Tomorrow marks the 75th anniversary of the end of World War II, which claimed the lives of roughly 60-80 million people. Yesterday was my 75th birthday, a milestone for anyone who has spent three-quarters of a century living on our delightful, yet contentious earth.
Instead of fighting a war against a vicious despot, we are at war with ourselves. A national consensus that undergirded our years of struggle against Nazi Germany and Japan is elusive, if not attainable, except briefly, in our United States.
Raised by parents and grandparents who believed anything was possible with hard work and education, I’ve learned that that vision is an illusion in 2020. A country that triumphed in Europe and Japan and then reinvented itself as a world power–economically, politically and militarily–is viewed as morally bankrupt, economically vulnerable and culturally divided.
As I celebrated my birthday primarily with family due to social distancing dictated by the coronavirus that has changed our lives during nearly eight months, I wondered about our disjointed response to the pandemic. Our national leadership has been sadly lacking, if not pathetically shameful.
We have no national will because our president believes that Covid-19 will simply go away, science be damn. And magically a vaccine will materialize. We’ll all live happily ever after.
Though hardly a social historian, I believe that in the America that strode purposefully and effectively after the end of World War II until 2000, confidence in combating a pandemic would have been possible. A U.S. president intent on leading, not deluding our citizenry, would have created a non-adversarial relationship with states and scientists to minimize as far as possible the deadly effects of the coronavirus.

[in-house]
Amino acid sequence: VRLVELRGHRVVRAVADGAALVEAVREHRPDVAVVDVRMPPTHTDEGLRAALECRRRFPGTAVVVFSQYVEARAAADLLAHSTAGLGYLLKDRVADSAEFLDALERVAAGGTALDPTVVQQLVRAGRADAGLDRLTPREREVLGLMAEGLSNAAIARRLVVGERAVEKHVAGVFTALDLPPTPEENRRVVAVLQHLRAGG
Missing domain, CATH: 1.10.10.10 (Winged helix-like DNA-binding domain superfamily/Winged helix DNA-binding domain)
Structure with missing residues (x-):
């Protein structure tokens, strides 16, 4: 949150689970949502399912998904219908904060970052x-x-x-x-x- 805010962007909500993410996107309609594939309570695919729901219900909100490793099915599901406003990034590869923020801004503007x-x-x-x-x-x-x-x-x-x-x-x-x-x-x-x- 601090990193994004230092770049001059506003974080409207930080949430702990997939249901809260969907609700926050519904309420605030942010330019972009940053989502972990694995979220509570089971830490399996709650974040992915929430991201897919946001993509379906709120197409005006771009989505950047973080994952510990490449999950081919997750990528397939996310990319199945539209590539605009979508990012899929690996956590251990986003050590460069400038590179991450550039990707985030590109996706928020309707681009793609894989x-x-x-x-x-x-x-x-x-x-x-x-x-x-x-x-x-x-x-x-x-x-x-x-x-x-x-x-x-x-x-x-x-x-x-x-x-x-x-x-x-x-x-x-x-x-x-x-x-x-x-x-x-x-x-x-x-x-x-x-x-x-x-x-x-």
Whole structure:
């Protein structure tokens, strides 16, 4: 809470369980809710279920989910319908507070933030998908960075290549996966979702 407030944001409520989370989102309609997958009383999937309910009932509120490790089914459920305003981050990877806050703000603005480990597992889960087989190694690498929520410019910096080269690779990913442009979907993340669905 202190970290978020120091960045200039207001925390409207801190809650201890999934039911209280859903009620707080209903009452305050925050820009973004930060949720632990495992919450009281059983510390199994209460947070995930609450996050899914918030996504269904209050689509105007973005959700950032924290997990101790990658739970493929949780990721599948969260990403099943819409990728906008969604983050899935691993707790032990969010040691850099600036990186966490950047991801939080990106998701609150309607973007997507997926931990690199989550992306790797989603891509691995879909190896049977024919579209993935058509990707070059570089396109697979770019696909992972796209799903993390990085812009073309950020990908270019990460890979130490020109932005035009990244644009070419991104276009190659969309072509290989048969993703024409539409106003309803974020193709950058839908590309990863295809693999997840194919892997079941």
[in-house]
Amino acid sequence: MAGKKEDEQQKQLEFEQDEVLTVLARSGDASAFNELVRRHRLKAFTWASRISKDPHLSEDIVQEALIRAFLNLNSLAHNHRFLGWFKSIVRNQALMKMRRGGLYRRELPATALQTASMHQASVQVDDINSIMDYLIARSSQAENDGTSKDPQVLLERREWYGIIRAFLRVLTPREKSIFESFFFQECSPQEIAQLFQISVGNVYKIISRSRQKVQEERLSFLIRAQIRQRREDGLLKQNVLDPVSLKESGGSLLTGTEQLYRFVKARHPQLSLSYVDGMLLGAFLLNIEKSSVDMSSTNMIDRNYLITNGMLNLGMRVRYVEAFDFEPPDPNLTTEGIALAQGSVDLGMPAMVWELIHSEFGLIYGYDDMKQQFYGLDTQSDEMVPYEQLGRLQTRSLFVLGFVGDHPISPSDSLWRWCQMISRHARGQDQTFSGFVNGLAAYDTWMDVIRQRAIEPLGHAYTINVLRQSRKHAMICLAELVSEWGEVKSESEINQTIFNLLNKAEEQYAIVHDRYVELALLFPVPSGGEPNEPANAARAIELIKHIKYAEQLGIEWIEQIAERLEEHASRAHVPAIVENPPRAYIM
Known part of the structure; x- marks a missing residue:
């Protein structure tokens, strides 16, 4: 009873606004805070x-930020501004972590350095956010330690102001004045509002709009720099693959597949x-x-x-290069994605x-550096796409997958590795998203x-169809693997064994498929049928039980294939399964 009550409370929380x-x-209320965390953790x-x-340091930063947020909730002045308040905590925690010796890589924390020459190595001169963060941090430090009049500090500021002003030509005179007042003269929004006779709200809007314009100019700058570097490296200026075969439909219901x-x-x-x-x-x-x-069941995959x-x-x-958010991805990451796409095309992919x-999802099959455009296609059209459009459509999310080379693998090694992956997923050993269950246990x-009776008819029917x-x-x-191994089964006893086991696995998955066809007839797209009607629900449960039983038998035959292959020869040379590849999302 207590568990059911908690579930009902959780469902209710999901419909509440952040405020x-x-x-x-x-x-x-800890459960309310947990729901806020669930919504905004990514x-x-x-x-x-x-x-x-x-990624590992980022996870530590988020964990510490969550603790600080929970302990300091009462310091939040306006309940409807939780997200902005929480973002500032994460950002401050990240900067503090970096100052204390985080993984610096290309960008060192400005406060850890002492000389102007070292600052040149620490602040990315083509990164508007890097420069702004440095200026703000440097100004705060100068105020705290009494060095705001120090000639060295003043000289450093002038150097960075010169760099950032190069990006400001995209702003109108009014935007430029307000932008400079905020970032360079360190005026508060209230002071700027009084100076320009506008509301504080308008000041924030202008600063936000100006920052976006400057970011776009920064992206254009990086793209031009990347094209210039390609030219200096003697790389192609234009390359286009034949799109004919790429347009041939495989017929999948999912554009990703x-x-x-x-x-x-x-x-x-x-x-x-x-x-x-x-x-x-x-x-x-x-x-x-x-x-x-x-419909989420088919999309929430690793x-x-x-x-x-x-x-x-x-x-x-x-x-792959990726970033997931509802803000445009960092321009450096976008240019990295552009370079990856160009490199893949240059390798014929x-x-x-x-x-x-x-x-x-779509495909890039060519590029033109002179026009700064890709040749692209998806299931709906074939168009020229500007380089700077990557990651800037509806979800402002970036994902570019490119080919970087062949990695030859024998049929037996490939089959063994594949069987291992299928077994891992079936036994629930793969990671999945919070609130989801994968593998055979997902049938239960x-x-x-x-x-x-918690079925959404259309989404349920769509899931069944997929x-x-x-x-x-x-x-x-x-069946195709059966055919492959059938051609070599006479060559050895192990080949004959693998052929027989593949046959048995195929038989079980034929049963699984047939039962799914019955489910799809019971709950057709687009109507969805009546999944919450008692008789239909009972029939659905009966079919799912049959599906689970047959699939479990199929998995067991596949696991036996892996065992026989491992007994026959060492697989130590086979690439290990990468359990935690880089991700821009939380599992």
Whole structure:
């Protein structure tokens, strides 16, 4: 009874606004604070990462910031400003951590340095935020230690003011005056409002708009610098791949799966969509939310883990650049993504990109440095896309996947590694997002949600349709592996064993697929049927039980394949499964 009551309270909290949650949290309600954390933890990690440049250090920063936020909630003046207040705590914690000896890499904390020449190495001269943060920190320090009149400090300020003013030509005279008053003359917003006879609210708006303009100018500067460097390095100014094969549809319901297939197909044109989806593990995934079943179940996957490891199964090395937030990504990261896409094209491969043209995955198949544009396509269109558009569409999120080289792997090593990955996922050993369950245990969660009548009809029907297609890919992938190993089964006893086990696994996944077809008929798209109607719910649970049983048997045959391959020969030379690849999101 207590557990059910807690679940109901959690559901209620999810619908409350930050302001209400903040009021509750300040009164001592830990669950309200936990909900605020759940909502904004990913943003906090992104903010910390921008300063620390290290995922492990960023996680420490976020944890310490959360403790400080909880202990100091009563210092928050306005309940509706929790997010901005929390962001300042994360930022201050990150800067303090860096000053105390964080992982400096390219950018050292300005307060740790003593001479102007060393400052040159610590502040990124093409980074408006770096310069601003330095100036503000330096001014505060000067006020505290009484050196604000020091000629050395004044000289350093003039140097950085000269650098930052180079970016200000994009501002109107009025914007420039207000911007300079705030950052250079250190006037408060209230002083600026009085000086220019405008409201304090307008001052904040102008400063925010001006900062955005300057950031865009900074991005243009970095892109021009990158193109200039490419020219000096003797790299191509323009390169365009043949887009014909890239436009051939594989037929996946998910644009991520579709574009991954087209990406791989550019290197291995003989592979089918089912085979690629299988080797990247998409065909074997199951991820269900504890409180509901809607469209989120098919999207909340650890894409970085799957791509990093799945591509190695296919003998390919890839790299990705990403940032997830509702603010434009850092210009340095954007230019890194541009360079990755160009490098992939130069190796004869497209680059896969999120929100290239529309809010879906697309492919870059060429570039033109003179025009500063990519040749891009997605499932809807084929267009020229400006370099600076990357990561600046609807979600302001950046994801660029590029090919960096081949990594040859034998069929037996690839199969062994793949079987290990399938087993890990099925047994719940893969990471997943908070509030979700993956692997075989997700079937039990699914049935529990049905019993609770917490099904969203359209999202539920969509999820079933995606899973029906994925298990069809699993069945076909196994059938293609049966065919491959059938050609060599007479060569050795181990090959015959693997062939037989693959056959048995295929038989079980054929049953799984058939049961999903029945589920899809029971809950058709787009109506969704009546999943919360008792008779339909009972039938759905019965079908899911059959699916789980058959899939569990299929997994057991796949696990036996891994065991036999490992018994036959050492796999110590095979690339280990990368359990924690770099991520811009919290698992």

Truth and credibility require no vaccine.
Character and concern require no social distancing, just a sincere soul and working heart.
While a sense of gloom created by our seriously constrained lives and a sham residing in our once respected White House hovers over our daily activities, I happily turned 75. Not too long ago I wondered if neurological problems with balance and dizziness would rule my 70s and beyond.
As I scanned the birthday celebration and watched family members devour lobsters and delicious chocolate cake, I smiled as the current patriarch of our small tribe, observing friendly chatter. The personalities are vastly different. Love provided the glue for the joy and harmony that permeated the noisy dinner table.
Memories dominate your thinking as you rise up the aging ranks. You inevitably think of your ancestors. Their spirit permeates the festivities. I think about my immigrant grandfather who tasted the fruits of success and liked nothing better than overseeing a table filled with grandchildren who mostly got along.
The end of World War II ushered in a truly incredible expanse of achievement and prosperity in our striving nation. Not all partook of the financial rewards, as we know. Racial inequality existed then; it surely does now.
Optimistically, I believe our country is enduring a bad patch. Our president is incompetent and amoral. His loyalty is self-directed. His ability to speak the truth is frighteningly scarce.
Born in Boston, sharing an apartment with my parents and older brother, I faced an uncertain world. For the most part, the journey from infancy to senior status has been a happy one. Disappointment mixed with flashes of glee were constant ingredients in a fulfilling life.
I remain hopeful that my future birthdays on the last day of August will be numerous despite the mathematical limitations. I am hopeful that the upsurge of optimism and achievement that followed the end of World War II on September 2, 1945 can somehow resurface in our fractious country.
And I hope that November 3, 2020 will bring a refreshing change in the occupancy of the White House. I will feel as if I were born again.
Columnist Howard Freedlander retired in 2011 as Deputy State Treasurer of the State of Maryland. Previously, he was the executive officer of the Maryland National Guard. He also served as community editor for Chesapeake Publishing, lastly at the Queen Anne’s Record-Observer. In retirement, Howard serves on the boards of several non-profits on the Eastern Shore, Annapolis and Philadelphia.